ISSUE OF THE CASE
When a pharmacist and a pharmacy assistant are indicted on charges of defrauding a government health insurance program and make motions with the relevant federal court to overturn the charges, should they prevail, heading off a trial, or should the matter proceed to trial?

FACTS OF THE CASE
A pharmacist and his assistant at a pharmacy in a Southern state were the subjects of a 3-year investigation by several federal agencies focused on matters related to their dispensing of and billing for compounded medications. The bills were submitted to the Tricare program for military personnel and their beneficiaries and to the Federal Employees Health Benefit Program. Total claims submitted under the scheme were in the millions. Evidence at trial disclosed that the pharmacist automatically refilled prescriptions without patients’ requests. The pharmacy waived the co-payment amounts, hoping that the patients would not return the medications. The prescribers who had been recruited to participate issued prescriptions without ever seeing the patient. Their prescriptions were issued using patients’ personal information already on file.

The results of the investigation were presented to a federal grand jury, which issued indictments and formal charges of serious crimes, with a total of 19 counts against the pair. Included in the allegations were conspiracy to pay kickbacks to patient recruiters, conspiracy to submit false claims for services, fraudulently obtaining the right to submit claims through providing false information to become a qualified provider of services, and money laundering. The pharmacy allegedly submitted false and fraudulent claims totaling $37,263,519, resulting in payments equaling $31,034,919. Some of the compounded prescriptions were billed at $17,000 per bottle.

The motions for dismissal were referred by the US district court judge who would preside at a trial to a US magistrate judge affiliated with the same district court. A magistrate judge in the federal court system is appointed by the judges of the local federal court, not by the president of the United States, as would be the case with judges who sit on the trial court. The role of the magistrate judge is to assist district court judges in discharge of their responsibilities. In this instance, the district court judge asked the magistrate judge to review the motions for dismissal and make recommendations to him about appropriate rulings on them.

THE RULING
The magistrate judge reviewed all motions related to the 19 counts of the indictments and recommended that motions for dismissal by the 2 defendants all be denied. The recommendations were received by the US district court judge handling the case in principal. His options were to accept, modify, or reject the assessments and recommendations of the magistrate judge. He affirmed and adopted all the recommendations of the magistrate judge, thereby moving the proceedings to trial.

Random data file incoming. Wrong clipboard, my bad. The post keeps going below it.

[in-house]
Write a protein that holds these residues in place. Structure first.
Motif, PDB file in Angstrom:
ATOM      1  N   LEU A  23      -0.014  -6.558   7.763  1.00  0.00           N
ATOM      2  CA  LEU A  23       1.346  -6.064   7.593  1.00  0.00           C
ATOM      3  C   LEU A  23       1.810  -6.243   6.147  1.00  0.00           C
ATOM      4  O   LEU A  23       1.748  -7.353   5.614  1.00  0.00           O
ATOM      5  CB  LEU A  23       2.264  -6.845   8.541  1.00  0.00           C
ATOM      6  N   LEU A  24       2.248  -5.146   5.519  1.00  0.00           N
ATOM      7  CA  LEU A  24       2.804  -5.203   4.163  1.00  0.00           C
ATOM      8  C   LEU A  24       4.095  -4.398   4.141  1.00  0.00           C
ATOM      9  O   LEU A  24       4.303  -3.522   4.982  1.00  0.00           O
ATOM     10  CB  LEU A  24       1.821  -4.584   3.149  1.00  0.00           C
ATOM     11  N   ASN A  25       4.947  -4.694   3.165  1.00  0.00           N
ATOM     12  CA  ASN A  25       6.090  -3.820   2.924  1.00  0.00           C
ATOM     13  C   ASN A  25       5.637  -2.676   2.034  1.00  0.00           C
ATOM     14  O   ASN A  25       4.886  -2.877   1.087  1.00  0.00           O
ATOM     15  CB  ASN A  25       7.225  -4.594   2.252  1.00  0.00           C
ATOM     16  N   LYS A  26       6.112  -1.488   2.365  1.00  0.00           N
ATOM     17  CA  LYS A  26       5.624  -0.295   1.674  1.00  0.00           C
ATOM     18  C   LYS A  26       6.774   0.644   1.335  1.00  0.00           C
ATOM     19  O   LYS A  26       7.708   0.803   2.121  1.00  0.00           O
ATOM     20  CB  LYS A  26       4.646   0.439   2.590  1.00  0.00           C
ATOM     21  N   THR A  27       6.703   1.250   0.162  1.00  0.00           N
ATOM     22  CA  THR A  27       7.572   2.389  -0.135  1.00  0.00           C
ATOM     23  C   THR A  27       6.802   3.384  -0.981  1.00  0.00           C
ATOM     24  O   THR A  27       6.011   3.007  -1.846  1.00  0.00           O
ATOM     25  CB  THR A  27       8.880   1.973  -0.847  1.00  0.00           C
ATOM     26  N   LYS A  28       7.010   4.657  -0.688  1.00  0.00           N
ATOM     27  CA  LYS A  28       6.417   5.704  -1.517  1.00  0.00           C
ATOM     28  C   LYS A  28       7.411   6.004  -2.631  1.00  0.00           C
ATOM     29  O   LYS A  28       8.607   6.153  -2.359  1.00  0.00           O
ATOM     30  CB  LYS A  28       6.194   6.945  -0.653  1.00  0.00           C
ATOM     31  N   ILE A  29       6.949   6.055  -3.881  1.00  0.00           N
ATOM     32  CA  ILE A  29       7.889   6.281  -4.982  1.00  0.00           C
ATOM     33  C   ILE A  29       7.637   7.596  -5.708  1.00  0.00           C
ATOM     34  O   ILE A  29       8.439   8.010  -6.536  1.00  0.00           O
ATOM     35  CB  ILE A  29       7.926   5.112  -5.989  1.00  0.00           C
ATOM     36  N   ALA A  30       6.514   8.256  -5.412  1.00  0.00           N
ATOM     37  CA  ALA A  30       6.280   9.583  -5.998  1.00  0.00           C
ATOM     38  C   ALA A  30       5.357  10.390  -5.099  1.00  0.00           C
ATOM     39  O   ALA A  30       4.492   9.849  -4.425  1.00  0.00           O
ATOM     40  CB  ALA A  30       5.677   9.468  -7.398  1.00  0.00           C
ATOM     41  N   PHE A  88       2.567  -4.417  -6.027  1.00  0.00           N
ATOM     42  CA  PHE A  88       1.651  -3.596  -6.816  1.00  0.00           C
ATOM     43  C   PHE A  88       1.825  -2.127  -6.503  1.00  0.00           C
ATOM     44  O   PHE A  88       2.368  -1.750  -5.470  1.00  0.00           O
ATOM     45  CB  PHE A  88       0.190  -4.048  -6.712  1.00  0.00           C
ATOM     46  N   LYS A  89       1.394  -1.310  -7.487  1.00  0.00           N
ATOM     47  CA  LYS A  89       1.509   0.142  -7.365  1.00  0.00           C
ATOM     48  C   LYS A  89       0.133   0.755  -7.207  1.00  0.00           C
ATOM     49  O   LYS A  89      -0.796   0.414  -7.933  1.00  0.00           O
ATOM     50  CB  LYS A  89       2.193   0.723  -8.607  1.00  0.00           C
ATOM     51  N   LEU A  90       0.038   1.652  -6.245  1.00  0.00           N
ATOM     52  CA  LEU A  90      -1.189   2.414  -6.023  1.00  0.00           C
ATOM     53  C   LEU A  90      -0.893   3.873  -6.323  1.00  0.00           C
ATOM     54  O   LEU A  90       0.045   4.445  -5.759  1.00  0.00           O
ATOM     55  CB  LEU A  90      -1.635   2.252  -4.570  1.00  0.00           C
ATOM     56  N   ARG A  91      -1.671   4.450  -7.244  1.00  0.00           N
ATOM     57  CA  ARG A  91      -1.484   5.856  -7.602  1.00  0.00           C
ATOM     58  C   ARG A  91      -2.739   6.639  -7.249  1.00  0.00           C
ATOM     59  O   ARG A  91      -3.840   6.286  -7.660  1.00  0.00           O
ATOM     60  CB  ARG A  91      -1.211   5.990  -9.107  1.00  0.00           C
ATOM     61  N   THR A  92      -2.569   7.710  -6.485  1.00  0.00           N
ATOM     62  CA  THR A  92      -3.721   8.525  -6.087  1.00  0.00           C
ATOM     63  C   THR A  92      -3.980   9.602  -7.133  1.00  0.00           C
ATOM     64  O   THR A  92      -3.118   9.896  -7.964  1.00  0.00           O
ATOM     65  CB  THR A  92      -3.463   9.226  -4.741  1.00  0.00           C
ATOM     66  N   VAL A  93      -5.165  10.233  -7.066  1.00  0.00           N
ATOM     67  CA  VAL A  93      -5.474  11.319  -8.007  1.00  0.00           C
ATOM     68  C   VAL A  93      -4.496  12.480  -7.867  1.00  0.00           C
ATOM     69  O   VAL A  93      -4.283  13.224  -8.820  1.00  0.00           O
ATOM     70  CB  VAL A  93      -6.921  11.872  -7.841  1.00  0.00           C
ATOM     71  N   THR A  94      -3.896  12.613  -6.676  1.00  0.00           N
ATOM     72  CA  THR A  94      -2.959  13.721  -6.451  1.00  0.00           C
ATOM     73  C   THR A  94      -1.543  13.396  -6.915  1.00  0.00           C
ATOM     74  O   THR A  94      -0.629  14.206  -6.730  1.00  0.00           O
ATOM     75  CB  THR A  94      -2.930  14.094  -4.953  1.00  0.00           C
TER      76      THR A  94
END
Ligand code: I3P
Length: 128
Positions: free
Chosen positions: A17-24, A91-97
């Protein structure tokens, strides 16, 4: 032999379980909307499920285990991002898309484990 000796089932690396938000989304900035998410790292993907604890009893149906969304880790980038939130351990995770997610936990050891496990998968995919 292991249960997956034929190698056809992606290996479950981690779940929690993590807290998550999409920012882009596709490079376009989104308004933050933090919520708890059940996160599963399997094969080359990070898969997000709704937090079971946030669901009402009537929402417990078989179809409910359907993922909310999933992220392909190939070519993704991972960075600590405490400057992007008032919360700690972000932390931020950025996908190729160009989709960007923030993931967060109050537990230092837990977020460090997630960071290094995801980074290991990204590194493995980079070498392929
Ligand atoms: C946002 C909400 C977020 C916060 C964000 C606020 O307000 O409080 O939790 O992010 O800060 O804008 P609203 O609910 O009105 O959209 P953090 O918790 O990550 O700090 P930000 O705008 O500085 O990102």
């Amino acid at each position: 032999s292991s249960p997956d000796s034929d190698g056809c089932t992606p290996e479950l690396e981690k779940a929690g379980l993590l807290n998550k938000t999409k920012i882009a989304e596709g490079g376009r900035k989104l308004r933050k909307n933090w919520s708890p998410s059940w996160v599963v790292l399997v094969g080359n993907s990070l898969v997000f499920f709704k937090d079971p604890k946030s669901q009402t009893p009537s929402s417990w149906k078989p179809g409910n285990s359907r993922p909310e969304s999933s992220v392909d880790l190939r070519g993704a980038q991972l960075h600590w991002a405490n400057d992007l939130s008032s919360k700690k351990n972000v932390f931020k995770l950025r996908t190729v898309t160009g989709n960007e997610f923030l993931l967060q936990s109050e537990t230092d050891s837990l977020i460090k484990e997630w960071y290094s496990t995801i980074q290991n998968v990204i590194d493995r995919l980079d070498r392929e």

THE COURT’S REASONING
US district court judges do not need to reveal their reasoning behind such decisions, and that did not occur in this case. However, the subsequent proceedings in the matter appear to support the decision of the trial court judge to move the matter to trial.

Following a monthlong trial, the pharmacist and the assistant were found guilty on a number of counts related to health care fraud, kickbacks, and money laundering. The charges were based on submission of thousands of fraudulent claims to the insurers. A further conviction with a more direct pharmacy connection was for introducing misbranded drugs into interstate commerce in violation of the Federal Food, Drug, and Cosmetic Act.

The pharmacist was sentenced to 204 months of imprisonment, to be followed by 3 years of supervised release. He was ordered to pay $31,259,252 in restitution. The assistant received a sentence of 188 months of incarceration and 3 years of supervised release and was ordered to pay the same amount in restitution. Evidence showed that the pharmacist had used some of his proceeds from the criminal activity to buy a $3.6 million mansion once owned by Dwayne “The Rock” Johnson. It was reported that he also owned 2 Rolls-Royce automobiles, a Cadillac Escalade, a Ferrari, a Lamborghini, a Land Rover, and a Mercedes-Benz van.

The Defense Criminal Investigative Service, the Office of Criminal Investigations of the FDA, the US Army Criminal Investigation Command, the US Office of Personnel Management Office of the Inspector General, and the US Postal Service Office of the Inspector General collaborated on the investigation.
 
Joseph L. Fink III, BSPharm, JD, DSc (Hon), FAPhA, is a professor of pharmacy law and policy and the Kentucky Pharmacists Association Endowed Professor of Leadership at the University of Kentucky College of Pharmacy in Lexington.